And Elijah Cummings, a Democratic member of Congress from Maryland, said "I think that that's a pretty good probability," when asked whether he thought the government response would have been quicker if most of the victims were white.

To me, that's a no-brainer, but Condoleezza Rice does not think racism is a factor at all.

"That Americans would somehow in a color-affected way decide who to help and who not to help - I, I just don't believe it," she said. "...The African American community has obviously been very heavily affected. But people are doing what they can for Americans. Nobody wants to see any American suffer."

It's astonishing that an African-American who grew up in the Jim Crow South and lived through the civil rights movement would express such incredulity at the idea that many white Americans do form opinions about prioritizing who to help -- or at least who to help right away and who can wait a while -- based on color.

That said, Condi misses the point. It's not about Americans making a conscious decision about who to help and who not to help. It's about the societal infrastructure that creates this reality: that most of the residents of New Orleans who are so poor that they do not have cars or any other means to get out of the city on their own are black. So then you have a situation where the vast majority of hurricane victims left in the city are poor and black. And it takes five days to get the planes and the disaster mitigation people and the food and water and medical care into that city to save those people. It may not be a conscious decision, but it doesn't have to be. It's a way of thinking about an entire group of people. It's a deeply ingrained and fundamental inner response to the suffering and harm occurring to people who don't look like you and don't live the kind of lifestyle you do. If it were rich white families from the Garden District, or from one of the exclusive gated communities like Barkley Estates or Oakland Plantation who were trapped in New Orleans with no way to get out, being raped and beaten and murdered in sports stadiums, and with no food or water, would it take five days, or even three days, to get them out?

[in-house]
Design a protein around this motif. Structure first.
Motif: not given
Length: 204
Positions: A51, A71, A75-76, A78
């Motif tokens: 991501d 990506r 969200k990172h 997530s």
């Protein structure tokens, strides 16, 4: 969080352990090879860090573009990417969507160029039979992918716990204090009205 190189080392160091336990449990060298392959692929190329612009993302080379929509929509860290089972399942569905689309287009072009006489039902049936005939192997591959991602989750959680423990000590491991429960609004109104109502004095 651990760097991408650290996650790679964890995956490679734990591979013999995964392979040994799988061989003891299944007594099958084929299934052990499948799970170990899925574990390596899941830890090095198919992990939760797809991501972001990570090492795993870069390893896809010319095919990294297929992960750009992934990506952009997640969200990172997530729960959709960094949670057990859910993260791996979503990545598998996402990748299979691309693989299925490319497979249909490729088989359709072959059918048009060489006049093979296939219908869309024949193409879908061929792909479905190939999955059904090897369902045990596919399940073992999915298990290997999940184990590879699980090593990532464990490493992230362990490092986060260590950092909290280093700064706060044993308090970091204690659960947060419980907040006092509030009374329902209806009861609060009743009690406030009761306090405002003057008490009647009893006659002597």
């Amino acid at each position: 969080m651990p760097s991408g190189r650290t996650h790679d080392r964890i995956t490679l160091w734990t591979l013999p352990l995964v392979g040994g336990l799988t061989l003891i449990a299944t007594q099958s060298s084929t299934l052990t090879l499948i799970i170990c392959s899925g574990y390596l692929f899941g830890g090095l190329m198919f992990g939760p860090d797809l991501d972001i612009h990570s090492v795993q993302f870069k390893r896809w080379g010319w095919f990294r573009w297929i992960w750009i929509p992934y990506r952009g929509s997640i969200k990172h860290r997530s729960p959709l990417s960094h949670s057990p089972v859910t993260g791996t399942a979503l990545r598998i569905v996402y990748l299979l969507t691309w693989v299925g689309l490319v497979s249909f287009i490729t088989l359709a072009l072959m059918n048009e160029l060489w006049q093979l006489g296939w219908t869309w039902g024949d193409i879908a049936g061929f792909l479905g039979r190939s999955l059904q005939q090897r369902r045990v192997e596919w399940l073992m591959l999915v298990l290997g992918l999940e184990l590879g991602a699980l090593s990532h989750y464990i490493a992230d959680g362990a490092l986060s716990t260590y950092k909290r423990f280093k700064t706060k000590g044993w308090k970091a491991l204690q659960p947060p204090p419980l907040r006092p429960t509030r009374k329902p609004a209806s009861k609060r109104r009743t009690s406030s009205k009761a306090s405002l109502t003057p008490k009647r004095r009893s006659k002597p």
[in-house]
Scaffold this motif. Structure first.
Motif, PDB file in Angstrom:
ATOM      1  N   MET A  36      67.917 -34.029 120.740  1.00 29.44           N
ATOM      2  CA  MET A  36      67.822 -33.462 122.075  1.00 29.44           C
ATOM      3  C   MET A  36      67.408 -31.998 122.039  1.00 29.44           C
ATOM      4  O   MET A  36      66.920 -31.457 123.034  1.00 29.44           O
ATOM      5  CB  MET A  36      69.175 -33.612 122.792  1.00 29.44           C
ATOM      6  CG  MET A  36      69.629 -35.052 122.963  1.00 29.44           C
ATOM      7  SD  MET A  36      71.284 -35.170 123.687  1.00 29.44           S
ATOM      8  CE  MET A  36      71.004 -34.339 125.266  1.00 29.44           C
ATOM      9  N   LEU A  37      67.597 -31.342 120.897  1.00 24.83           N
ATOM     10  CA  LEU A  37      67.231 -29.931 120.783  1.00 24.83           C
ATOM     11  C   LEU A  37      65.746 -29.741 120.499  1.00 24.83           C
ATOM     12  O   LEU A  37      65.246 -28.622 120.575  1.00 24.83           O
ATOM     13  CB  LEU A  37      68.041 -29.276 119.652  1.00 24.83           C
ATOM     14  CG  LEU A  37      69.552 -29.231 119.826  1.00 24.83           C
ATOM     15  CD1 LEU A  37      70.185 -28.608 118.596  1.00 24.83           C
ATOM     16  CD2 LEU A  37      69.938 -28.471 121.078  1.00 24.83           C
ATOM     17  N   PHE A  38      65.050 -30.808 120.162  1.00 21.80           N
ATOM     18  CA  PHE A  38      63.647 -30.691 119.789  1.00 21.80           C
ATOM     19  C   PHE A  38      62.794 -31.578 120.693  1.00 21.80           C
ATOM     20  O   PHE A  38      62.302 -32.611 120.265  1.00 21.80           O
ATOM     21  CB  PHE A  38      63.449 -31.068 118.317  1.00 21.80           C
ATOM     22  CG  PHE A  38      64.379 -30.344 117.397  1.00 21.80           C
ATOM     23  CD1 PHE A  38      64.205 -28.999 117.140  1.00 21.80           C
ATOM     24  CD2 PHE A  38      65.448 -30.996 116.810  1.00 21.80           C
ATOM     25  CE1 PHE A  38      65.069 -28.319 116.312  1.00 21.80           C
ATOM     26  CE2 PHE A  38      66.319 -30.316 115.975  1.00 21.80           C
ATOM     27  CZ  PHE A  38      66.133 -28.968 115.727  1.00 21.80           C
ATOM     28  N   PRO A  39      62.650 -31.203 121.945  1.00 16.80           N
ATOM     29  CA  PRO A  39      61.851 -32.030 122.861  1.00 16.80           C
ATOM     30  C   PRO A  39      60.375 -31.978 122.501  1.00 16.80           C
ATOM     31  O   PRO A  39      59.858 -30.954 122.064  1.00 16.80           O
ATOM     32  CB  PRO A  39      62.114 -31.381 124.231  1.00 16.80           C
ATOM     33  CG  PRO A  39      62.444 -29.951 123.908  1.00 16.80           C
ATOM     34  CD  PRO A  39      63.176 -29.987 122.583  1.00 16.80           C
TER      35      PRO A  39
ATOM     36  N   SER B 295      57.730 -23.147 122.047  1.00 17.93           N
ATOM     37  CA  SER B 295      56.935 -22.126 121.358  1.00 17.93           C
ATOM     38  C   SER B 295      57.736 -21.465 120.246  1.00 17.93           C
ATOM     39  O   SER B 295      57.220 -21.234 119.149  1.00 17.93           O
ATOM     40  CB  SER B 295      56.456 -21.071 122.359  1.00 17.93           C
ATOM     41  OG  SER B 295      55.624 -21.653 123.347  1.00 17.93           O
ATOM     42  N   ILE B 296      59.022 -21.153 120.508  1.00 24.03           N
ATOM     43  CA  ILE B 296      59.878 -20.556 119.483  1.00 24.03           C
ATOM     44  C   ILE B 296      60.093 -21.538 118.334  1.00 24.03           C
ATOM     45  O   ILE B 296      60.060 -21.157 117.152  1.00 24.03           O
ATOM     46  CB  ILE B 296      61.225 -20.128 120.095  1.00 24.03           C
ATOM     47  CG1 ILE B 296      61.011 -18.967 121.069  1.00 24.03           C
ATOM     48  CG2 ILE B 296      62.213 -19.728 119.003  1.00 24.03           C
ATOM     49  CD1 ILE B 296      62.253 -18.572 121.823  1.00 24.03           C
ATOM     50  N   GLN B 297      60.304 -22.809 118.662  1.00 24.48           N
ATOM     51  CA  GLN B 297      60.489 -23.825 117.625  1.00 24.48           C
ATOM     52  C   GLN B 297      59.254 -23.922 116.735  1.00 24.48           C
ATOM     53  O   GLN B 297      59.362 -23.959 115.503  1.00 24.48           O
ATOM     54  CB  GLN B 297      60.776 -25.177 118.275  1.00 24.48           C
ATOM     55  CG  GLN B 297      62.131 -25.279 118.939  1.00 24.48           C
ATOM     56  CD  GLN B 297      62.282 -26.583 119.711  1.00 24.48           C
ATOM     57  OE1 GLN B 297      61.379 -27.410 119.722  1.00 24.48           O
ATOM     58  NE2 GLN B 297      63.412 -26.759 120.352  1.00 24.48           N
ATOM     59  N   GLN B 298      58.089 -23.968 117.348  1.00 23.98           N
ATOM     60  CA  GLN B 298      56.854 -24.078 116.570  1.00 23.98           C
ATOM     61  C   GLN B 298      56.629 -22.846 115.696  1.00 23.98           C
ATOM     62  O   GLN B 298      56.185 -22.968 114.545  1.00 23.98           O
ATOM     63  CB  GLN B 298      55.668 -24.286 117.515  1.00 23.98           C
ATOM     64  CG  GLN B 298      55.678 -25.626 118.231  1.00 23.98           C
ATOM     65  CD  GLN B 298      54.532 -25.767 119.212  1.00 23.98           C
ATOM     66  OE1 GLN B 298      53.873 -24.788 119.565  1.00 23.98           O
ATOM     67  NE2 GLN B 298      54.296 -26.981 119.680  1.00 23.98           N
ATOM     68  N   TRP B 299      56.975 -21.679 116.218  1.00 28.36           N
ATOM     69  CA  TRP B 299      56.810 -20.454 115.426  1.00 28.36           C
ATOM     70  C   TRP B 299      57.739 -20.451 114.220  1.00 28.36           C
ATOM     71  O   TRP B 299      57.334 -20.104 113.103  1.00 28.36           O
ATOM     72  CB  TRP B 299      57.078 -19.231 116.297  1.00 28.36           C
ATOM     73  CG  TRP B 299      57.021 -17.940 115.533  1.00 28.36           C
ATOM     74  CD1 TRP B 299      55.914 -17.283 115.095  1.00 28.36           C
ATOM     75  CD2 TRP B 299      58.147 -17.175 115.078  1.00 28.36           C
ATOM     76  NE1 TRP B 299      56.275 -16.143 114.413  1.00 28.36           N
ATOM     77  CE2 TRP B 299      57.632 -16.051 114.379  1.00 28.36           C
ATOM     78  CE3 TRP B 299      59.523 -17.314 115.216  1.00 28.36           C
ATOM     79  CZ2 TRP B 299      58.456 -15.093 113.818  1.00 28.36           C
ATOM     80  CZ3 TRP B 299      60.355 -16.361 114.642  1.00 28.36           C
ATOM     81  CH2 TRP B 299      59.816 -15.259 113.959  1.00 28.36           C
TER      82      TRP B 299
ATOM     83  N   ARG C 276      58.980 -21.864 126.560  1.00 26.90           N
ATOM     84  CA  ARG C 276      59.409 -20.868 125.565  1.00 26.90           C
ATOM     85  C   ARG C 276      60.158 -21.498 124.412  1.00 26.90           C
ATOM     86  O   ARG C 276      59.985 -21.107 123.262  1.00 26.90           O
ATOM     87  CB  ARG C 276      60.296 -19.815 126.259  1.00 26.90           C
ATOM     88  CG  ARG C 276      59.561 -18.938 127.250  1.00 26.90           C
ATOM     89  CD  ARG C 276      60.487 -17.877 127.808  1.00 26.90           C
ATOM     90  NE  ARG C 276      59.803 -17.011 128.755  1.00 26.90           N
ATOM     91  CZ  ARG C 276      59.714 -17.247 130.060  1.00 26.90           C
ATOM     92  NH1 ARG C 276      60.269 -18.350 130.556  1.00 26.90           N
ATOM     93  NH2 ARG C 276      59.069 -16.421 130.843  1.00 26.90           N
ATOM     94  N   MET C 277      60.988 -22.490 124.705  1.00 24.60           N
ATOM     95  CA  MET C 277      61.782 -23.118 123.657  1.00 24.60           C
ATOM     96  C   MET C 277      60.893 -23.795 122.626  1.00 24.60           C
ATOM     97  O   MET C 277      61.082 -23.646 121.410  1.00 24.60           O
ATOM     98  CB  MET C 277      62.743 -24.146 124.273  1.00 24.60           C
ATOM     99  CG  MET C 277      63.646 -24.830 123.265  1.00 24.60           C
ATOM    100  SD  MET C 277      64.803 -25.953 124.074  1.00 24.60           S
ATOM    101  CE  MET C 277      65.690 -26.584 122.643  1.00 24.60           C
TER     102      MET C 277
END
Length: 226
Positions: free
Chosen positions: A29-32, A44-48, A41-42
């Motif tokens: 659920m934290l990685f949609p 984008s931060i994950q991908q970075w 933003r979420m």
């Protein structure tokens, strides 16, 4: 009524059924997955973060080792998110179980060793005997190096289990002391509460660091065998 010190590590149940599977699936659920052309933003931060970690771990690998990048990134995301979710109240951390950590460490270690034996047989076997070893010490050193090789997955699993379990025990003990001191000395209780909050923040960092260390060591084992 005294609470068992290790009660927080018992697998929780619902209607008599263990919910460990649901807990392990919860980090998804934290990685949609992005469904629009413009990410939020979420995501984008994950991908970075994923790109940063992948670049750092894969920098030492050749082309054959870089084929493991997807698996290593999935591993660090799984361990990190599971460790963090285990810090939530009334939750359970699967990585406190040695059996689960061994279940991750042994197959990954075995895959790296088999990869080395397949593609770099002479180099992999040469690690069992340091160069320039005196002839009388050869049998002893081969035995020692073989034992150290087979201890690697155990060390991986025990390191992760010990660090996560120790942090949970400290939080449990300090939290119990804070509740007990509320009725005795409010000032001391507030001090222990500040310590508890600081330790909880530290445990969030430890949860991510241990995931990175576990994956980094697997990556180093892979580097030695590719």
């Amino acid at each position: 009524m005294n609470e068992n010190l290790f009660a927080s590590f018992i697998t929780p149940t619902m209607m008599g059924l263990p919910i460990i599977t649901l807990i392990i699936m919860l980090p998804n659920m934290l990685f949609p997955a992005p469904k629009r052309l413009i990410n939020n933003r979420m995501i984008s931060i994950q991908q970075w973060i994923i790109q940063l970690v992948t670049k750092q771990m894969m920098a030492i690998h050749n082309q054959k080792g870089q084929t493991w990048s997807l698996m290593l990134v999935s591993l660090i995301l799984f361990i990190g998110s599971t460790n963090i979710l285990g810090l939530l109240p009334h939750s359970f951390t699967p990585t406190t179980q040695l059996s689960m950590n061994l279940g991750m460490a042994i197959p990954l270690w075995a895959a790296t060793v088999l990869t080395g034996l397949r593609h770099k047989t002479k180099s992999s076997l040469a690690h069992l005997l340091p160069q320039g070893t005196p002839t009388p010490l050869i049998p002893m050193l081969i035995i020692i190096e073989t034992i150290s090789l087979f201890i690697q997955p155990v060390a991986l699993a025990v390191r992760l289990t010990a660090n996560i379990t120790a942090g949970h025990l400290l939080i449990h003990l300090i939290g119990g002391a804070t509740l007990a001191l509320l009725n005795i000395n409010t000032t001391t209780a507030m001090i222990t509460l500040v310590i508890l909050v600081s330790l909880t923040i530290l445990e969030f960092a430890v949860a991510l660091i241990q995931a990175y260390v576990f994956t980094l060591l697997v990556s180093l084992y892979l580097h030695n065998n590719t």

Come on. You know it wouldn't.

1 comment:

nope said...


I'm sorry for being intrusive in to your blog. But I am Melissa and I am a mother of two that is just trying to get out of an incredible financial debt. See my hubby is away in Iraq trying to protect this great country that we live in, and I am at home with our two kids telling bill collectors please be patiant. When my husband returns from war we will beable to catch up on our payments. We have already had are 2001 Ford repossessed from the bank, and are now down to a 83 buick that is rusted from front to back and the heater don't work, and tire tax is due in November.

I'm not asking for your pitty because we got our ownselfs into this mess but we would love you and thank you in our prayers if you would just keep this link on your blog for others to view.

God Bless You.

Melissa K. W.
To see my family view this page. My Family